There have been a handful of articles in recent days about UK regulators scrutinizing collateral upgrade trades. One issue the FSA seems to be concerned about is the ability of the receivers of lower quality collateral to manage the risk. Active collateral management is going to be very important.
We wonder if the point the FSA is really making is that collateral upgrade trades create a potential shell game: the risk is simply moved around, perhaps to those who may not realize what they are signing up for? This has all the classic inter-connectedness and wrong-way risk issues written all over it.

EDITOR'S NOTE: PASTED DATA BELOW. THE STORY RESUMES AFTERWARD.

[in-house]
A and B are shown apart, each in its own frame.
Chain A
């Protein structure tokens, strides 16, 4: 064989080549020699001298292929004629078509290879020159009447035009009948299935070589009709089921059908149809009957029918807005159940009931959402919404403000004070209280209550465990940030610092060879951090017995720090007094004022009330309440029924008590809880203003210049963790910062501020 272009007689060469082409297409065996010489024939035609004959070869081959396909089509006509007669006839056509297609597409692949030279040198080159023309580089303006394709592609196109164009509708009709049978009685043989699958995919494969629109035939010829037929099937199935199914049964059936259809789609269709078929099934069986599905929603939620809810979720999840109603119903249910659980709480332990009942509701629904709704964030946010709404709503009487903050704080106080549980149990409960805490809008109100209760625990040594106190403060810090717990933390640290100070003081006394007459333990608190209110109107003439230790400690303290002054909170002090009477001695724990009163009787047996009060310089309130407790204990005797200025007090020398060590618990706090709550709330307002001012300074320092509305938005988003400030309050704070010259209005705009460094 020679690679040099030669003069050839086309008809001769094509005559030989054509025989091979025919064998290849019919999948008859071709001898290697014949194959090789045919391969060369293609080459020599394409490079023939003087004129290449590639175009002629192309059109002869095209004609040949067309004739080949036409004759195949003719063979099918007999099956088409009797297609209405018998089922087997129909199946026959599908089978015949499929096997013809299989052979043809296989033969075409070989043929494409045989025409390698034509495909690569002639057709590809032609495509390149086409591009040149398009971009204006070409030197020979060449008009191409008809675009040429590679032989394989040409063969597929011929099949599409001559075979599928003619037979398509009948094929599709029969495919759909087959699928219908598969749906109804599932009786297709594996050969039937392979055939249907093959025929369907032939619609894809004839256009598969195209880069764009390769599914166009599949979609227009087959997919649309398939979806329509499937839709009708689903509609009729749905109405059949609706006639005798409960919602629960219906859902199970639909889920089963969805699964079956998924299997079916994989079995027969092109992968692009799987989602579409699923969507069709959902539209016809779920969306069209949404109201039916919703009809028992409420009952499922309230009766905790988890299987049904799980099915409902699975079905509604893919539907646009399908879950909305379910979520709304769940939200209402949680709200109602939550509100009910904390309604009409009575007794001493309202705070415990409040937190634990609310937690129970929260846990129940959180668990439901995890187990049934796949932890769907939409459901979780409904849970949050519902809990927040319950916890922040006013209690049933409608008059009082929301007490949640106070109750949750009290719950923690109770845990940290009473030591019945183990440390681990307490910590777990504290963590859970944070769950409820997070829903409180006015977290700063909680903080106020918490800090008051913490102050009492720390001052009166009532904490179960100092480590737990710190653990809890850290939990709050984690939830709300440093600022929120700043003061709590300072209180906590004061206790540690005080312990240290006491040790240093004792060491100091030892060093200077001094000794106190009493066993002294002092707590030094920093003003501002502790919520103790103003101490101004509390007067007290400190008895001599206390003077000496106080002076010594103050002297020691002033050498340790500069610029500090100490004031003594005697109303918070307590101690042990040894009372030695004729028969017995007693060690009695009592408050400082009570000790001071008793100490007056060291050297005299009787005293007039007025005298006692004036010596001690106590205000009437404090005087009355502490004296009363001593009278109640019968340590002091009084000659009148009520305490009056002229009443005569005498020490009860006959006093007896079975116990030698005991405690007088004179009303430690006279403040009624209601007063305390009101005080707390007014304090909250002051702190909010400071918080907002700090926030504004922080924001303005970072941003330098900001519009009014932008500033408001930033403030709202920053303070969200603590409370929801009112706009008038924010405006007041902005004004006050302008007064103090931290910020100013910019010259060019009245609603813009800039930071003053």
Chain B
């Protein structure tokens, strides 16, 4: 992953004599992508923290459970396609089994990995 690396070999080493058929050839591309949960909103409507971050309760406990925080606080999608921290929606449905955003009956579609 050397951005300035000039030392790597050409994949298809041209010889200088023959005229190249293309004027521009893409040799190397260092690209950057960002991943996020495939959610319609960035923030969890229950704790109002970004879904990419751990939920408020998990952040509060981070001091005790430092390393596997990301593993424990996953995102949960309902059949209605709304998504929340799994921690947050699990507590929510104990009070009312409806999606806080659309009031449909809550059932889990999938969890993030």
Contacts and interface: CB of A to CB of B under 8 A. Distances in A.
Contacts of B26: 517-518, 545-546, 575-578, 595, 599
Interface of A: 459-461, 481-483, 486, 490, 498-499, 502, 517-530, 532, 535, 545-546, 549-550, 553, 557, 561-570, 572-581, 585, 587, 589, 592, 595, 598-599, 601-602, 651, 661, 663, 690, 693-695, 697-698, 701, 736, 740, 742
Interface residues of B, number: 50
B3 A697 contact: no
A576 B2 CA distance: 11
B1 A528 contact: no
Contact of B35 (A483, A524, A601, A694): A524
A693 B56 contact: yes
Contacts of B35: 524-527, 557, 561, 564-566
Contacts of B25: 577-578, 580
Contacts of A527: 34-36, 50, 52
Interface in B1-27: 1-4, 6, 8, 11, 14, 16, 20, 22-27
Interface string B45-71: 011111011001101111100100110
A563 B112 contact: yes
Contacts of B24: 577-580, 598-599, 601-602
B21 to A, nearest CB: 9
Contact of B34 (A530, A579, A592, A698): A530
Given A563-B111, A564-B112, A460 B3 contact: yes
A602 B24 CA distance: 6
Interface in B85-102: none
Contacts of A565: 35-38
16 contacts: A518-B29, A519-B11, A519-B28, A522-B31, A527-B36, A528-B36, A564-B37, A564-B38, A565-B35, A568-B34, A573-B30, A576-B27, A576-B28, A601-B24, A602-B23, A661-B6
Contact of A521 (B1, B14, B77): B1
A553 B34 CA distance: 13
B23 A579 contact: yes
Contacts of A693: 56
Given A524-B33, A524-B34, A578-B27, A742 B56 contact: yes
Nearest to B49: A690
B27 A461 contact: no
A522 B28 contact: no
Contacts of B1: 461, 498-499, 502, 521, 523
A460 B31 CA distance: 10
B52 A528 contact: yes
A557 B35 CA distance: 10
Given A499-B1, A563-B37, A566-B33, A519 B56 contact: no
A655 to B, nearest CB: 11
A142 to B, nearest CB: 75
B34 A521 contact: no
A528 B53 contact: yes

If collateral upgrade trades are constrained, the knock-on effect will be to 1) exacerbate the shortage of high quality collateral for posting with CCPs and 2) make life more difficult for banks managing their Liquidity Coverage Ratios (LCR). For those derivative players who need to post at CCPs, the result may be to force them to shift their investments to owning more CCP-eligible lower yielding sovereign debt than they would have otherwise preferred, reducing portfolio yields. On the LCR side, it will become harder (read: more expensive) for banks to hold non-high quality liquid assets (HQLA), either for their own books or financing for others.